I've found a pretty nasty bug in EF 4.1 Code First. Assume we have this piece of code to retrieve an entity from the context and then update it with new values:

public T Update<T>(T toUpdate) where T : class
            System.Data.Objects.ObjectContext objectContext = ((System.Data.Entity.Infrastructure.IObjectContextAdapter)_context).ObjectContext;
            System.Data.Objects.ObjectSet<T> set = objectContext.CreateObjectSet<T>();
            IEnumerable<string> keyNames = set.EntitySet.ElementType
                                                        .Select(k => k.Name);
            var type = typeof(T);
            var values = keyNames.Select(c => type.GetProperty(c).GetValue(toUpdate, null)).ToArray();
            var current = _context.Set<T>().Find(values);
            if (current != null)
            return current;

Now assume that my entity has a single key property which is a string.

Working scenario: stored entity has key "ABCDE" and my toUpdate entity has same key "ABCDE": everything works fine.

Bug scenario: stored entity has key "ABCDE" and my toUpdate entity has key "ABCDE " (notice the space after the last letter).

The two keys are indeed different. But the find method "automagically" trims my key and finds the stored entity anyway. This would be good, if it didn't break the SetValues method: since the stored key and the new key are different, I get (rightly) the following:

The property 'Id' is part of the object's key information and cannot be modified.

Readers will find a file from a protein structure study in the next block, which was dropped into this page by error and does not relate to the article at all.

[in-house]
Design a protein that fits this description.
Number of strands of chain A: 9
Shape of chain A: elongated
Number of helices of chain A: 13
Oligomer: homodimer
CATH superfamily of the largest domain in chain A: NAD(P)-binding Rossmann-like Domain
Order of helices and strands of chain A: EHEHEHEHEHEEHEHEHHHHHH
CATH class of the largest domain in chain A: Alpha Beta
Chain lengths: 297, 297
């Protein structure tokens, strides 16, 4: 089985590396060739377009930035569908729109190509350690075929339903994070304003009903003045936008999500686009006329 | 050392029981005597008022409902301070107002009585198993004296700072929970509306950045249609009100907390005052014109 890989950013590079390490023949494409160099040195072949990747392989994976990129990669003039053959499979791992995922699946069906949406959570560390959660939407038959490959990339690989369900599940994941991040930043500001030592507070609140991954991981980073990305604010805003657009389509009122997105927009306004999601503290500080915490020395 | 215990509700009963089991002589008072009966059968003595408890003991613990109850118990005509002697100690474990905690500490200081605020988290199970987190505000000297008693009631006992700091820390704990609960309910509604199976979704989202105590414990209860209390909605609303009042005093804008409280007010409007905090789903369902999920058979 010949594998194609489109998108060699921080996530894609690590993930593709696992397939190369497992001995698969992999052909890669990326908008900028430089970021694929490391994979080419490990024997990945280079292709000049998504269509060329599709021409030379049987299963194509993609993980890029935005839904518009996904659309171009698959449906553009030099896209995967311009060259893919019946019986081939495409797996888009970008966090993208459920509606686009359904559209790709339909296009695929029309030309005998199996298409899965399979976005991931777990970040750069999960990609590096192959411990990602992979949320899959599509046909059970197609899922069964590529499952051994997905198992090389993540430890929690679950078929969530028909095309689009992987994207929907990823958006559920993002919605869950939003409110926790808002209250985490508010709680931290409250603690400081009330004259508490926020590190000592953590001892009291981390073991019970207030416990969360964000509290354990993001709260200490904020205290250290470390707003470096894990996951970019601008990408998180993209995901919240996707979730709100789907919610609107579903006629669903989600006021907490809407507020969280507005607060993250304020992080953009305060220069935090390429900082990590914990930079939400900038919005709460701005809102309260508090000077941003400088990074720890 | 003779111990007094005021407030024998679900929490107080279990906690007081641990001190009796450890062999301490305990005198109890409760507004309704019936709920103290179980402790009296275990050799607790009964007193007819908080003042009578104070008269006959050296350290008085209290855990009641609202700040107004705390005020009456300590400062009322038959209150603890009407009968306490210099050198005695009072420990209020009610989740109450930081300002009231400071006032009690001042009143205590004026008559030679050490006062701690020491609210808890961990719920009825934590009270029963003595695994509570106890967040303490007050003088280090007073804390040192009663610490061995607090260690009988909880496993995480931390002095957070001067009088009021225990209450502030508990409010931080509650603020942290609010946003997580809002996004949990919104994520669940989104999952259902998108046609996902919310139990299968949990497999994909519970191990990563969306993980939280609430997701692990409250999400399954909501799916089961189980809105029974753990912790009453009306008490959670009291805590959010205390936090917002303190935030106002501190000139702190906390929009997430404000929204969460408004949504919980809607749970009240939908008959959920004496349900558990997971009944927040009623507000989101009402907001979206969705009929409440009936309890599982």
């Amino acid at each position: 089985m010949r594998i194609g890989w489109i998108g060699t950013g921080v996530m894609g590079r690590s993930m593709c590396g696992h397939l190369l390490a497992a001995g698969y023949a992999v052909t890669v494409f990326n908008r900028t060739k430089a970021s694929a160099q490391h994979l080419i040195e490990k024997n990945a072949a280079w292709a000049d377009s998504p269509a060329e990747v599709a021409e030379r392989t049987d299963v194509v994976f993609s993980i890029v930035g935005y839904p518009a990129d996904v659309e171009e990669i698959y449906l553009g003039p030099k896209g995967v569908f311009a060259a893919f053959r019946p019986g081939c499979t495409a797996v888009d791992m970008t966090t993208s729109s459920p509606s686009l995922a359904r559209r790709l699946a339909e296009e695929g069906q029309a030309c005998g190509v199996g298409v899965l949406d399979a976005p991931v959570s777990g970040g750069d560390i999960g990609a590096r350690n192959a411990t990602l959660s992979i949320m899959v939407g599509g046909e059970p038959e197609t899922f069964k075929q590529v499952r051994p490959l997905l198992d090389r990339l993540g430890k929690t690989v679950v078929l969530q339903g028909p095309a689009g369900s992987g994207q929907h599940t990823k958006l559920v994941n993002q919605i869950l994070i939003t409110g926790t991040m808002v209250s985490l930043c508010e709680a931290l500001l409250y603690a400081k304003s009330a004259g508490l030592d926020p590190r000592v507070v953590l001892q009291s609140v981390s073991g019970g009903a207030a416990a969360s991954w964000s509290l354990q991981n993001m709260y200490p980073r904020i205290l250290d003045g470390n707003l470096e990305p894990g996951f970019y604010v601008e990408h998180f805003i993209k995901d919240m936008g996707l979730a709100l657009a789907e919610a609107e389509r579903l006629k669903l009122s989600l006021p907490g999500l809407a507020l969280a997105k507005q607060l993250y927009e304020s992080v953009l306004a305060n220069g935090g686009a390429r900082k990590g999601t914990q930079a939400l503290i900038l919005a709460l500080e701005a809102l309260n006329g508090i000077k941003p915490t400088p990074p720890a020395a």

Because, being different, it tries to update it, and since it's a key property it cannot be updated, so the whole thing fails and throws.

What I think is that the "Find" method shouldn't automagically trim the key values (or whatever it is doing internally to make the two different strings appear the same). In the second scenario, the "Find" method should return null.

Now two things: how do I workaround this temporarily, and where can I report this bug, because I couldn't find an official place to report the bug.


EDIT: Reported the bug here: https://connect.microsoft.com/VisualStudio/feedback/details/696352/ef-code-first-4-1-find-update-bug


But the find method "automagically" trims my key and finds the stored entity anyway.

I dont' believe that trimming happens. Find uses a SingleOrDefault query internally, in other words: When you call...

set.Find("ABCDE "); // including the trailing blank

...it uses this LINQ query:

set.SingleOrDefault(key => key == "ABCDE "); // including the trailing blank

The problem is in the database and the result depends on the sort order, language, settings for capital/small letters, accents, etc. for your string key field in the database (nvarchar(10) for example).

For example if you use a standard Latin1_General sort order in SQL Server the key "ABCDE" and "ABCDE " (with trailing blank) are identical, you cannot create two rows which have these values as primary keys. Even "ABCDE" and "abcde" are identical (if you don't setup to distinguish capital and small letters in SQL Server).